Lessons from an NGO
Harikrishnan Pillai,Co-Founder, TheSmallBigIdea, talks about the lessons that he learnt as the head of Rotaract, the youth wing of Rotary which helped him retain talent at his Digital agency
Imagine a 3000+ work force, aged 18-30 years, working relentlessly to ensure that the organization’s objectives are met. And they work for free! I know… you want to wake me up from my little siesta and share horror stories of having to deal with job-hopping and ‘disoriented’ youngsters…
One thing I learnt when I co-founded TheSmallBigIdea (we are a digital agency), is that retaining talent is far tougher than it looks. (We have an enhanced-grade respect for HR now.) I turned to lessons from a parallel life that I have been living for 14 years now (14 years is a huge time frame, no wonder Lord Ram is so enlightened!) – before turning entrepreneur, I was the head of Rotaract, the youth wing of Rotary, leading a bunch of youngsters in Mumbai, and the job was to drive initiatives that helped society at large. Our dream was to build a ‘performing organization’. We did not intend to be seen as a check in the box for extra-curricular activities. The first thing we needed to do for that was to retain members and boost performance. So, we brought about some fundamental shifts in the processes and working style. I am listing some of the things we did that (we believe) worked:
Gamify, make it interesting: Volunteering is 90% full of jobs that are considered ‘menial’. It’s challenging to encourage someone who wants to change the world from the word go to these jobs. I remember having last minute backouts from people who were assigned registration desks. We started telling them how important database collection is. Didn’t work. We then evolved it to games around faster registration times, one desk competing against the other- gamifying the most mundane tasks.
Know that ‘thappad se darr nahee lagta, public se lagta hai’: We made people look like heroes, especially in public. But the heroes received decent thrashing behind closed doors for issues they created. We realized they were not against learning, but did not want it at the cost of looking stupid around the people they were trying to impress. Public shaming works well for social nuisances, not for team-mates.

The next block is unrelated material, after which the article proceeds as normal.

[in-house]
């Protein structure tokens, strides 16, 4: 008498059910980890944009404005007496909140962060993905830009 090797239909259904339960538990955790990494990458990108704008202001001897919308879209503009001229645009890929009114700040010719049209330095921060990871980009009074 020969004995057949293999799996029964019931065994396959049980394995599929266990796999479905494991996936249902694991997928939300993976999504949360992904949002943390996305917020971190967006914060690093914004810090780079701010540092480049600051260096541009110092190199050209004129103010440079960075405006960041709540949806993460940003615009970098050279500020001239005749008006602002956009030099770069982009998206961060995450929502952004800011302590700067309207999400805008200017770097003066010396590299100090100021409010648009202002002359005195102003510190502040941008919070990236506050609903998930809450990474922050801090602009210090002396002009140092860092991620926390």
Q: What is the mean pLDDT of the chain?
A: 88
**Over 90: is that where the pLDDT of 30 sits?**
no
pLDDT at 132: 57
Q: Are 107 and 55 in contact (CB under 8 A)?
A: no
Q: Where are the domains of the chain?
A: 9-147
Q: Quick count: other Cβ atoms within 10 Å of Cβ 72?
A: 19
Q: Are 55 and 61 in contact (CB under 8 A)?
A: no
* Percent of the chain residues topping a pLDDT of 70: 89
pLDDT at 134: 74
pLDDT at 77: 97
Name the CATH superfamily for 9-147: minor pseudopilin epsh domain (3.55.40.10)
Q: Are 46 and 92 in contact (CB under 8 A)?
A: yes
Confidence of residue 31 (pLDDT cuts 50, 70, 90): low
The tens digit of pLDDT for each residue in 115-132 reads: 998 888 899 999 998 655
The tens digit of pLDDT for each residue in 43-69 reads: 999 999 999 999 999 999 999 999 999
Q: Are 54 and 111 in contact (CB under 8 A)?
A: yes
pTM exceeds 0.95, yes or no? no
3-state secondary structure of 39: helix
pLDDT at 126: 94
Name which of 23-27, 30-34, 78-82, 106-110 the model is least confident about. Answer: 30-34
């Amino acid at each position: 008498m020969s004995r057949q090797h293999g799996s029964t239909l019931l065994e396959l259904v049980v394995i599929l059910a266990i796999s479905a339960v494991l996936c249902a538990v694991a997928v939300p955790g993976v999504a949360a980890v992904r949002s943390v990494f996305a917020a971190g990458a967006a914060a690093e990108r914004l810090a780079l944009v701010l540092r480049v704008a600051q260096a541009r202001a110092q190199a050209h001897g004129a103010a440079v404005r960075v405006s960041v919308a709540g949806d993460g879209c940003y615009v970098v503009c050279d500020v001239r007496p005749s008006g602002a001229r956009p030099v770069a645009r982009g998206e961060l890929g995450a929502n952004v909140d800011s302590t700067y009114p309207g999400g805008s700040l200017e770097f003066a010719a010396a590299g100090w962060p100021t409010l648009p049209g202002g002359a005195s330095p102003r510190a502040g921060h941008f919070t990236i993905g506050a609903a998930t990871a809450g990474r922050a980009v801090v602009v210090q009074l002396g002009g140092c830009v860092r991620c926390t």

SRK was right about ‘baazigars’: We knew some suggestions wouldn’t work and we could prevent it. But every time we did, we had on the other side a person who felt we didn’t trust them. So we let them fail. We failed with them, but consciously controlled the impact. Believe me, the smart ones realized that we were just being supportive and they started trusting our instincts more. There is more fun in har kar jeetna than jeet kar jeetna.
Break-ups, cricket, music bond better than Fevicol: Talk. Crack jokes, laugh with them, laugh at them, laugh at yourself. Just be human. We were interested in everything. Their love for soft toys and their latest break-up. We adored Sachin and joked about Afridi’s age. We were never over-protective about our image as heads. We realized the youngsters ended up connecting more with us when they realized that ‘we’ were just like ‘them’.
Don’t be a jerk: Saying ‘It’s OK, it happens’ when they go wrong doesn’t make you less of a leader. Accept it, you were a bigger disaster at that age. And if not, then don’t be a jerk about it. Say it’s OK, put an arm around their shoulder and threaten to kill them if they repeat it. And then smile wickedly.
Closing note: From 900 members in 2008, we went up to 2500 by the end of 2011. Today, the organization has close to 4000+ members and big brands and companies associated with them for year-long CSR activities.
(PS: We had failures too. We did the exact opposite to those!)
You can also read this here http://www.impactonnet.com/node/5385